Portugal’s archetype is changing rapidly. Hospital administrations indeed have more intervention today in the decision-making process. We are moving from a 100 percent physician-based decision to a balance between hospital administrations and physicians, since Portugal’s national health system is mainly public. Some hospitals take most decisions based on pharmacoeconomic studies, while others base their decisions more on clinical data. While I do not think that hospital administrators will ever be the sole decision makers, we are definitely moving from a purely physician-based decision to a more shared one.

Has the evolution of multi-channel marketing (MCM) affected your strategy?

It has been affected in a very positive way. We are directly responding to our customers needs by innovating in the way we bring information theyneed, in the format they choose, at the time of their convenience. Based on available data, the Internet is one of the ways physicians prefer to conduct scientific and data updates. In Portugal, where a face-to-face approach is still preferred, MCM has been providing a very useful complement to our sales representatives and account managers work, reinforcing the share of voice and contributing to the value we bring to our customers.

Pfizer might divest its off-patent segment in the future. How would that affect you, and what is the right strategy for this affiliate?

At this time, Pfizer has not made and is not in a position to make any decision regarding any potential future action. Our focus is now on getting the established business to perform optimally and finalizing the strategic direction to produce growth.

How do you see competition in Portugal?

Pfizer is competing for the value it brings to patients and society. Therefore, we are focused in delivering every day to physicians and other stakeholders the evidence to show the value of our medicines.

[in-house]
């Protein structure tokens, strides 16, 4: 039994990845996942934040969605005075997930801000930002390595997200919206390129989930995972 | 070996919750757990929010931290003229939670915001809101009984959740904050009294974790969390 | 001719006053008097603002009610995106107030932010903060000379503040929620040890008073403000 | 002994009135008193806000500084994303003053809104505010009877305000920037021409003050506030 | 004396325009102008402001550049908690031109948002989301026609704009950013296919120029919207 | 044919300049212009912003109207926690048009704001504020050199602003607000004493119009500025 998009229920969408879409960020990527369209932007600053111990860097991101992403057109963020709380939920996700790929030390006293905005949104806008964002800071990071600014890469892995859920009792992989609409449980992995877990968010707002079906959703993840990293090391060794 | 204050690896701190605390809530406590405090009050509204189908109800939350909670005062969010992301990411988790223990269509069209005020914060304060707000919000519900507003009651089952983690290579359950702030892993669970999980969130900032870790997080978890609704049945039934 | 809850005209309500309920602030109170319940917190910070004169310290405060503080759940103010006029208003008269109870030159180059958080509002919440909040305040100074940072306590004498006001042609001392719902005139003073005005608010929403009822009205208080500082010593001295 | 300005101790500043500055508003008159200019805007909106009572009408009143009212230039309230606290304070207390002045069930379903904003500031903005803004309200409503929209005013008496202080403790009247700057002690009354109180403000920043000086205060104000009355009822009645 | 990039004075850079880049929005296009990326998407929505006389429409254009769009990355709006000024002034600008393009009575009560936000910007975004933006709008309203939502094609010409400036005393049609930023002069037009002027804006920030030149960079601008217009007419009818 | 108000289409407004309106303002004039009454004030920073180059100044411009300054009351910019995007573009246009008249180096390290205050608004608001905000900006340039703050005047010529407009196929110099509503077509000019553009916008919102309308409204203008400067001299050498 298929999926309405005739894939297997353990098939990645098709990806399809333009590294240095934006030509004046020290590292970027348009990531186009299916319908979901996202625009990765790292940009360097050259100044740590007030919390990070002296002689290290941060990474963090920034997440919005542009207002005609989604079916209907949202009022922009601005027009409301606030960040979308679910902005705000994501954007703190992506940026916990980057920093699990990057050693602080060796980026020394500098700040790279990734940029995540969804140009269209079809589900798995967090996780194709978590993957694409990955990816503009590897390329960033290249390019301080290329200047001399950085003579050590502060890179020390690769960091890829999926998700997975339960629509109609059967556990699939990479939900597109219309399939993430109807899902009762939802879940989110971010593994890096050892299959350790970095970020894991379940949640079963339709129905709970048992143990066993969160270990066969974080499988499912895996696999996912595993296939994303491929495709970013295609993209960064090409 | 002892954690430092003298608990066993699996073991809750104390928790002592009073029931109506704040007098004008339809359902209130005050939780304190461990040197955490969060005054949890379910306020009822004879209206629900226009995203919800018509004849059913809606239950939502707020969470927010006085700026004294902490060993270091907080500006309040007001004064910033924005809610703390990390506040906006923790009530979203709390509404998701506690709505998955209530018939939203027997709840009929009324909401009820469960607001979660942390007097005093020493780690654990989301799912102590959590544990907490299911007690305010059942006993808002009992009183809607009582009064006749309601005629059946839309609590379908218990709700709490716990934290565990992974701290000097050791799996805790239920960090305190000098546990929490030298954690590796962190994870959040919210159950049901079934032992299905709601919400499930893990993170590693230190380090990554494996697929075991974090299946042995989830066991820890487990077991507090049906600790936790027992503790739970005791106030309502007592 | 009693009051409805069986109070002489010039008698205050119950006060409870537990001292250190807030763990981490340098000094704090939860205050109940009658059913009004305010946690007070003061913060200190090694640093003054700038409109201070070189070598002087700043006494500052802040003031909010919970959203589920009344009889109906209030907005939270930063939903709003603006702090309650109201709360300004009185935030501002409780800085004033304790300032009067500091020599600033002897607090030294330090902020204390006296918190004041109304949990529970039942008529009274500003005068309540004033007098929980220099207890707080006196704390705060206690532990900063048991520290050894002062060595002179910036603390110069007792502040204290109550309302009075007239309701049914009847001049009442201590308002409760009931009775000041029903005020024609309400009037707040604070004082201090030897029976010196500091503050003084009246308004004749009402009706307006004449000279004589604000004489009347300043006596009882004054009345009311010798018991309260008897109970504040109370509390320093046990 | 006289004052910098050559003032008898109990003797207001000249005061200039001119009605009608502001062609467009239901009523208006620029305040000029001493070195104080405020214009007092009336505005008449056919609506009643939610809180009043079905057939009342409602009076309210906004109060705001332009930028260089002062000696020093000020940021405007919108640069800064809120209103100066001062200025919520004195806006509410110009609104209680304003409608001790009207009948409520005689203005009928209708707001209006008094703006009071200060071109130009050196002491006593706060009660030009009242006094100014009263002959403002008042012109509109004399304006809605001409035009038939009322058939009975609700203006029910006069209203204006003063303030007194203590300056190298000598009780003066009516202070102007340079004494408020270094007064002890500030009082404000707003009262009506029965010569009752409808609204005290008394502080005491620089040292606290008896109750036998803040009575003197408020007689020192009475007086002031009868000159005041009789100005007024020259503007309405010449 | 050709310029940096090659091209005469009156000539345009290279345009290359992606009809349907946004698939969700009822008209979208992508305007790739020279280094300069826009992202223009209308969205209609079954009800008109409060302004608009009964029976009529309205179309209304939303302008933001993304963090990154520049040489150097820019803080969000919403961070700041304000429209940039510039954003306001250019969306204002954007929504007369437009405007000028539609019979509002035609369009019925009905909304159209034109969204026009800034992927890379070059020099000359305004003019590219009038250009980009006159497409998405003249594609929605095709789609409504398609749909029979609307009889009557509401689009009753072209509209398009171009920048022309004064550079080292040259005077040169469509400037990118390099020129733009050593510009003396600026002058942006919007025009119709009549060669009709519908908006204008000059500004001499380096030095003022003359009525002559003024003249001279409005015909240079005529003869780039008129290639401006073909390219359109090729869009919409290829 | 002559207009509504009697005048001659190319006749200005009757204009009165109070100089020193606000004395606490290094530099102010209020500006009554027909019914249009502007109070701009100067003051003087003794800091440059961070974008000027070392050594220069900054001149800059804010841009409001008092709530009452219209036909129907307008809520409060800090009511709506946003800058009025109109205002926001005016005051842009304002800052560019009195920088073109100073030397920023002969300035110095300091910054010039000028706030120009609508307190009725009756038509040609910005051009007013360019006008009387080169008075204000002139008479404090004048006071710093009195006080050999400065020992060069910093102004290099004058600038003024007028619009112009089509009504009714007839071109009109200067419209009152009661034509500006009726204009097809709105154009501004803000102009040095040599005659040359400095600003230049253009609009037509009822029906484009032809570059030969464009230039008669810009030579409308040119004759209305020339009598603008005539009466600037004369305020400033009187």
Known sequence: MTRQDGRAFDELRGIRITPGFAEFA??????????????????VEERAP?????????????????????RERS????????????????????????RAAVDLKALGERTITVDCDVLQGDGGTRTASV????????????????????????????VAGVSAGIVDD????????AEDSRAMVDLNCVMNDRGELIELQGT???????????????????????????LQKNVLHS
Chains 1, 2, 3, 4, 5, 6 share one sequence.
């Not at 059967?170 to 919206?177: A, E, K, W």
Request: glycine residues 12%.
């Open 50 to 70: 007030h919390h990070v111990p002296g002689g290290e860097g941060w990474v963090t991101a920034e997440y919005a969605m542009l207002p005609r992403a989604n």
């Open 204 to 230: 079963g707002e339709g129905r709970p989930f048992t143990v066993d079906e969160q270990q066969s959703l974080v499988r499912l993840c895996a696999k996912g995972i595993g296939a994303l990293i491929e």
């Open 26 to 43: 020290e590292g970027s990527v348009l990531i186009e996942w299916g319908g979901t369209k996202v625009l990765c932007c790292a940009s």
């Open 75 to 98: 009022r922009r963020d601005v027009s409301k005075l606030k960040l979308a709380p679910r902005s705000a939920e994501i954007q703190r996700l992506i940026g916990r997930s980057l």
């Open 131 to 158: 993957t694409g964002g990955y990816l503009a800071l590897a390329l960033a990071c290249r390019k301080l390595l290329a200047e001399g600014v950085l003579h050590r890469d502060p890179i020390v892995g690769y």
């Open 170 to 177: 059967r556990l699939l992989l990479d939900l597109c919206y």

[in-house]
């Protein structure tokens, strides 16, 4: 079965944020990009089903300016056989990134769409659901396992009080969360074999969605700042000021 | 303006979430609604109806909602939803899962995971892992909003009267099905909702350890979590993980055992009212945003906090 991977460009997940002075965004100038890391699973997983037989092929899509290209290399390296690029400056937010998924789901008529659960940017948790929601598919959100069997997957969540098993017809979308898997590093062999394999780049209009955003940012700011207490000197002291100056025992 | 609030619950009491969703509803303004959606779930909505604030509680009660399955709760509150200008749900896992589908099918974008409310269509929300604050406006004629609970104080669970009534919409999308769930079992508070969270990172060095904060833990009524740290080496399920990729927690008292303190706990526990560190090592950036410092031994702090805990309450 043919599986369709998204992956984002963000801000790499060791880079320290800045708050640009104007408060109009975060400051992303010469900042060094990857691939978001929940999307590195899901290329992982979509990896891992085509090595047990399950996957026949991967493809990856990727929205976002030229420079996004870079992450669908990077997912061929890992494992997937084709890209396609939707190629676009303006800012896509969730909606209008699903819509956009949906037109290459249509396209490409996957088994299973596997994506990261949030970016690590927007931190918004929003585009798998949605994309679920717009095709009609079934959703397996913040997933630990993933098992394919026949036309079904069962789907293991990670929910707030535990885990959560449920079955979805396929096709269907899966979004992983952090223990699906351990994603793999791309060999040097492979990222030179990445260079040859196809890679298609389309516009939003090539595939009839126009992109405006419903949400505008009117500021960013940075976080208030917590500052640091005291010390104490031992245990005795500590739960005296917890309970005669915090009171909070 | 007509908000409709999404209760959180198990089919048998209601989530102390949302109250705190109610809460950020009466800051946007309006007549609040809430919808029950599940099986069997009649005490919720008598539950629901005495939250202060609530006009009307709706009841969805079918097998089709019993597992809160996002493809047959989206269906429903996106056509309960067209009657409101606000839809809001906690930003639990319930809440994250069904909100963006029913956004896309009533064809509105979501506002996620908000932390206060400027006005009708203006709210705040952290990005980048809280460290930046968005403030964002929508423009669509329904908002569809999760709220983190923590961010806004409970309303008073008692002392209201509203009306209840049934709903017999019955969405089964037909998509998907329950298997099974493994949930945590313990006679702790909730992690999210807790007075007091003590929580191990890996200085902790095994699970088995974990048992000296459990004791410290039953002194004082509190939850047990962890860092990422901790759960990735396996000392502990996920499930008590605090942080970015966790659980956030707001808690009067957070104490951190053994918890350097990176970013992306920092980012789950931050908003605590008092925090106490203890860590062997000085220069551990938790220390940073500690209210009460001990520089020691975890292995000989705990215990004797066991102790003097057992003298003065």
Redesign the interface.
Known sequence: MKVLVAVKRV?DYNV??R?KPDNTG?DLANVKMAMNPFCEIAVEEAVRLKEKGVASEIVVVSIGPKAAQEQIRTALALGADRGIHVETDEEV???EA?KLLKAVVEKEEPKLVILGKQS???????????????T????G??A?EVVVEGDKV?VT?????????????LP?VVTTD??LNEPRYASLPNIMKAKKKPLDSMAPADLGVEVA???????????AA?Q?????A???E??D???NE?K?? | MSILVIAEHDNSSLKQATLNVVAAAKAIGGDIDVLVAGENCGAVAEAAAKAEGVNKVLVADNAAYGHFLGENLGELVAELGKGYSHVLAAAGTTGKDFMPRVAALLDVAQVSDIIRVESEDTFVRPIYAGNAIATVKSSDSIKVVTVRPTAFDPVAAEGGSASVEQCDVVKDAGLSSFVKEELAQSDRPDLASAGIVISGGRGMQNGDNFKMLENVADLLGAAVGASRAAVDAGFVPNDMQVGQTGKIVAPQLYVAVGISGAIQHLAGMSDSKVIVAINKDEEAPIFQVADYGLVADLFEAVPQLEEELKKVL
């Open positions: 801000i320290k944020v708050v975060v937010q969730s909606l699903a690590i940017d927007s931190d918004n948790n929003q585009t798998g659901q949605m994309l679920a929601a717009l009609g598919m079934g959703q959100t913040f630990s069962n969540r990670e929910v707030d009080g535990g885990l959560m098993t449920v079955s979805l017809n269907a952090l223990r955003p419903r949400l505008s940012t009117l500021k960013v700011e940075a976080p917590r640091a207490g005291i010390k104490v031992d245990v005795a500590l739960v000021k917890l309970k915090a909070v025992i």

Pfizer is currently ranked third in Portugal behind Novartis and MSD. What are your targets, and how do you intend to get to the number one position?

To achieve this, it is imperative to fix our innovative core, to make the right capital allocation decisions that maximize value, to earn greater respect from society and continue to nurture an ownership culture within our company. We want to be best in class in our focused therapeutic areas and to be the first choice for physicians when treating their patients.

What is your vision for the pharmaceutical industry’s future in Portugal, and how will Pfizer fit?

The pharmaceutical industry will continue to play a critical role in the healthcare system in Portugal. It will be inevitable that we work together more often with government, payers, health professionals, academia and patients to find responses to current and future challenges, ensuring we meet the right balance between pharmaceutical industry and society’s expectations. Government has turned to pharmaceuticals multiple times over the past few years for savings. Significant gains in efficiency are still to be explored in other healthcare areas.

What would you like to communicate to the Portuguese healthcare community at large?

Stop looking at short-term savings and start looking at the future—take a holistic approach to health system efficiency by assessing the value of our medicines wider societal benefits. Use all of Portugal’s strengths, such as our outstanding healthcare providers, unparalleled R&D options, and maximize the quality of our country’s healthcare in the future. Pfizer will continue to do the best for patients and work towards a healthier and better world.